Michael Kateman, PhD Student, ELPA and Director, Internal Relations for Strategic Communications in the Office of University Relations
Research Discussion: Poetry is Power: Using the arts, family heritage, and critical scholarship to inspire diversity and inclusion conversations at the University of Missouri
Critical scholarship related to race states that personal narrative and storytelling are important and valid ways to convey knowledge and are the beginning of developing a deeper understanding of race and racism. Following racial tensions, national media attention and top leadership resignations at the University of Missouri, Interim President Michael A. Middleton is combining scholarship, the arts and family heritage to help restore trust and confidence in the university.
This video presentation explores how as an African American man coming of age in the 1960s on the Mizzou campus, Middleton couldn’t reconcile the hatred, discrimination, and marginalization he experienced with a love for the country that supported it. “My country was treating me differently and I found it hard to believe I was valued as an equal citizen. I wanted to participate in perfecting our democracy, yet it seemed impossible.” The power of one particular poem changed his paradigm. He is using this poem, My Country, published in 1912 by Samuel Alfred Beadle, his great grandfather who was born during slavery, to inspire university stakeholders to create the university they can imagine.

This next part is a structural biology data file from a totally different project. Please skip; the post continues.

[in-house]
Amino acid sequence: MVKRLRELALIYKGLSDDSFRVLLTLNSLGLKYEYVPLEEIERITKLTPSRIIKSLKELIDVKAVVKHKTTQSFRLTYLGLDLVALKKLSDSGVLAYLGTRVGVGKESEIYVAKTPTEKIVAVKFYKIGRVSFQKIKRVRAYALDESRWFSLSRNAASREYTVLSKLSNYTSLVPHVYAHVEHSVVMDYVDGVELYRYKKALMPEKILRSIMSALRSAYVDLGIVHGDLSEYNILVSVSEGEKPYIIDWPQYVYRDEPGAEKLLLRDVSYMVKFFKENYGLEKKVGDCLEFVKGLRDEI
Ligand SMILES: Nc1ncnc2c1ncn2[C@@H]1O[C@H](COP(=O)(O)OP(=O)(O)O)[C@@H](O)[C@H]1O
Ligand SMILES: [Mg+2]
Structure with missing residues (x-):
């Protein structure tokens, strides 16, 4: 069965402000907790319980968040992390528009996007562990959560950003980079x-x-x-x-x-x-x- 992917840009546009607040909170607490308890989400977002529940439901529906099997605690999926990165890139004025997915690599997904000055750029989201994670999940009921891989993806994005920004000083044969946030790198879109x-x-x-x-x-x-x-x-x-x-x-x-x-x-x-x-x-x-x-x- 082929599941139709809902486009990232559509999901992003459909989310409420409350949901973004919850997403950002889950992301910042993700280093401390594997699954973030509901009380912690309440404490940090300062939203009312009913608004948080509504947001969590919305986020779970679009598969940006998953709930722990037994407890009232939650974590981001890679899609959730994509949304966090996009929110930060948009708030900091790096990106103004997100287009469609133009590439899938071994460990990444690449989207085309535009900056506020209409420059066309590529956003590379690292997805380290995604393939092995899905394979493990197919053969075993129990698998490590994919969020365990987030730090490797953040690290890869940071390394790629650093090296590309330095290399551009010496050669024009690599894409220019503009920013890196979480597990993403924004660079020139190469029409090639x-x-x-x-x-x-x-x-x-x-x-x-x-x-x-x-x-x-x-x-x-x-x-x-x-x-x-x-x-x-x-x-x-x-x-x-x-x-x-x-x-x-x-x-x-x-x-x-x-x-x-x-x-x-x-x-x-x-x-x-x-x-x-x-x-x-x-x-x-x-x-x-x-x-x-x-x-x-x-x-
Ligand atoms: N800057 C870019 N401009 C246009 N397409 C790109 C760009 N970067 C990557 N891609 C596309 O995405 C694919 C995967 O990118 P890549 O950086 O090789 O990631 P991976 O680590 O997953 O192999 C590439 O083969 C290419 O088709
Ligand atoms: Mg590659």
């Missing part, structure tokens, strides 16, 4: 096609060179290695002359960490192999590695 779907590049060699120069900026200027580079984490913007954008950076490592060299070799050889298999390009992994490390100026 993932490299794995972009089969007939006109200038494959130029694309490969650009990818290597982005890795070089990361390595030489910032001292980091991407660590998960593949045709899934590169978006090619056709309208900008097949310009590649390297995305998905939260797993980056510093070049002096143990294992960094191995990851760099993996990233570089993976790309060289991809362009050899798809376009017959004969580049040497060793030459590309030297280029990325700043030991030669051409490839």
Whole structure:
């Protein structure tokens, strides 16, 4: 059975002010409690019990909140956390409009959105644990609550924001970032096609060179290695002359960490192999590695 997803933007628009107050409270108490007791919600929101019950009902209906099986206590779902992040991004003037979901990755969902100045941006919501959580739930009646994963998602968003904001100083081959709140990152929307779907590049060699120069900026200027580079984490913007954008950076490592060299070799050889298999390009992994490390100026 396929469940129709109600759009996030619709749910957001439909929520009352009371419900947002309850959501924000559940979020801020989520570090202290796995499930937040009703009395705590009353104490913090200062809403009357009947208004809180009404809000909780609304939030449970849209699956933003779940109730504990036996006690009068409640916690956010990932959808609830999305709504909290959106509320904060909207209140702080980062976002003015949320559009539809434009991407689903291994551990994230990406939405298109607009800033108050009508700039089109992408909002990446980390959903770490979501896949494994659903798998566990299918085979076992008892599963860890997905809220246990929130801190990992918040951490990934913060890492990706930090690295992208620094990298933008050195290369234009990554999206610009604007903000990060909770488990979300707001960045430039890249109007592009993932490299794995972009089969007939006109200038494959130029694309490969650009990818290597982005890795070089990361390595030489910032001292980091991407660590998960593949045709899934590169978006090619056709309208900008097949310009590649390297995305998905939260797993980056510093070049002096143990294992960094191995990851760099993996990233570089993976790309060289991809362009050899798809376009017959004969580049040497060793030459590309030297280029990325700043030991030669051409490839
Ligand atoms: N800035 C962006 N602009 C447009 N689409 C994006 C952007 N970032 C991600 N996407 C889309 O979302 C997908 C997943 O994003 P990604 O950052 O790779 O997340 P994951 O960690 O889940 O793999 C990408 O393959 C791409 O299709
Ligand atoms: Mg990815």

Theresa Metz, Coordinator, The Bridge
A native Missourian, Michael Kateman is a graduate of the University of Missouri-Columbia, with an MA from the School of Journalism and a BS in Business Administration – Marketing from the Trulaske College of Business. He attended the Universidad Iberoamericana in Mexico City. Currently, he is a PhD candidate in Educational Leadership at the University of Missouri-Columbia College of Education.
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